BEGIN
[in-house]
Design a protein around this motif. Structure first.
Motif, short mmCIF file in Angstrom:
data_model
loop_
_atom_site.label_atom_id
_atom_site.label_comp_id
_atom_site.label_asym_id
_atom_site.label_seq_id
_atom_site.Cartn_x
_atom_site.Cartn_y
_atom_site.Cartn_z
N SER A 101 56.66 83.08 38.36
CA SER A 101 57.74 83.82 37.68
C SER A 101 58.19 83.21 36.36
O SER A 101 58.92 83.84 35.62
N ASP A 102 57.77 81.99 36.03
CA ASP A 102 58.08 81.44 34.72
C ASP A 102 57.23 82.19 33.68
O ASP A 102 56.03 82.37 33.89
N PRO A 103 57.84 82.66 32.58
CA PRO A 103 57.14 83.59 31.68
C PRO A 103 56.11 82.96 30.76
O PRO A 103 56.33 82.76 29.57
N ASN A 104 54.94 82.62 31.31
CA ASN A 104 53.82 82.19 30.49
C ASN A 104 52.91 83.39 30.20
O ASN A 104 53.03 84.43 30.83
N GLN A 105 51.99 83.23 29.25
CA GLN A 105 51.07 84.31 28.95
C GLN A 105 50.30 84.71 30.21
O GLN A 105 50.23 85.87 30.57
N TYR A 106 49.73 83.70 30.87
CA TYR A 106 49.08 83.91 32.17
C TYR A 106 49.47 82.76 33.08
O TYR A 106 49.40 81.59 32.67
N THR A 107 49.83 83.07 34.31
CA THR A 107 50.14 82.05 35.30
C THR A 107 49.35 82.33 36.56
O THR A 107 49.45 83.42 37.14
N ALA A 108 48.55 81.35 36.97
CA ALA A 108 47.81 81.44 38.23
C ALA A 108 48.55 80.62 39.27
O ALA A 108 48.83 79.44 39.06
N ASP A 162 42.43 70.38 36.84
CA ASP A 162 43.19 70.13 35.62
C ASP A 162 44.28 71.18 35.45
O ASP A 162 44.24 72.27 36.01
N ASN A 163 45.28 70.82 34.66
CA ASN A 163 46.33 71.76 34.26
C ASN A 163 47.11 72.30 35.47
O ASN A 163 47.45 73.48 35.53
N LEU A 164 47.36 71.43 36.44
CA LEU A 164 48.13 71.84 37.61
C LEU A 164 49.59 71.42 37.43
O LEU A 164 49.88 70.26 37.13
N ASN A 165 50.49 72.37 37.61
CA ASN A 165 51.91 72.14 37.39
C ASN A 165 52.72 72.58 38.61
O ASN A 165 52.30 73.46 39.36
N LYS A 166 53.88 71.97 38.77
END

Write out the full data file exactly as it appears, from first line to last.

[in-house]
Design a protein around this motif. Structure first.
Motif, short mmCIF file in Angstrom:
data_model
loop_
_atom_site.label_atom_id
_atom_site.label_comp_id
_atom_site.label_asym_id
_atom_site.label_seq_id
_atom_site.Cartn_x
_atom_site.Cartn_y
_atom_site.Cartn_z
N SER A 101 56.66 83.08 38.36
CA SER A 101 57.74 83.82 37.68
C SER A 101 58.19 83.21 36.36
O SER A 101 58.92 83.84 35.62
N ASP A 102 57.77 81.99 36.03
CA ASP A 102 58.08 81.44 34.72
C ASP A 102 57.23 82.19 33.68
O ASP A 102 56.03 82.37 33.89
N PRO A 103 57.84 82.66 32.58
CA PRO A 103 57.14 83.59 31.68
C PRO A 103 56.11 82.96 30.76
O PRO A 103 56.33 82.76 29.57
N ASN A 104 54.94 82.62 31.31
CA ASN A 104 53.82 82.19 30.49
C ASN A 104 52.91 83.39 30.20
O ASN A 104 53.03 84.43 30.83
N GLN A 105 51.99 83.23 29.25
CA GLN A 105 51.07 84.31 28.95
C GLN A 105 50.30 84.71 30.21
O GLN A 105 50.23 85.87 30.57
N TYR A 106 49.73 83.70 30.87
CA TYR A 106 49.08 83.91 32.17
C TYR A 106 49.47 82.76 33.08
O TYR A 106 49.40 81.59 32.67
N THR A 107 49.83 83.07 34.31
CA THR A 107 50.14 82.05 35.30
C THR A 107 49.35 82.33 36.56
O THR A 107 49.45 83.42 37.14
N ALA A 108 48.55 81.35 36.97
CA ALA A 108 47.81 81.44 38.23
C ALA A 108 48.55 80.62 39.27
O ALA A 108 48.83 79.44 39.06
N ASP A 162 42.43 70.38 36.84
CA ASP A 162 43.19 70.13 35.62
C ASP A 162 44.28 71.18 35.45
O ASP A 162 44.24 72.27 36.01
N ASN A 163 45.28 70.82 34.66
CA ASN A 163 46.33 71.76 34.26
C ASN A 163 47.11 72.30 35.47
O ASN A 163 47.45 73.48 35.53
N LEU A 164 47.36 71.43 36.44
CA LEU A 164 48.13 71.84 37.61
C LEU A 164 49.59 71.42 37.43
O LEU A 164 49.88 70.26 37.13
N ASN A 165 50.49 72.37 37.61
CA ASN A 165 51.91 72.14 37.39
C ASN A 165 52.72 72.58 38.61
O ASN A 165 52.30 73.46 39.36
N LYS A 166 53.88 71.97 38.77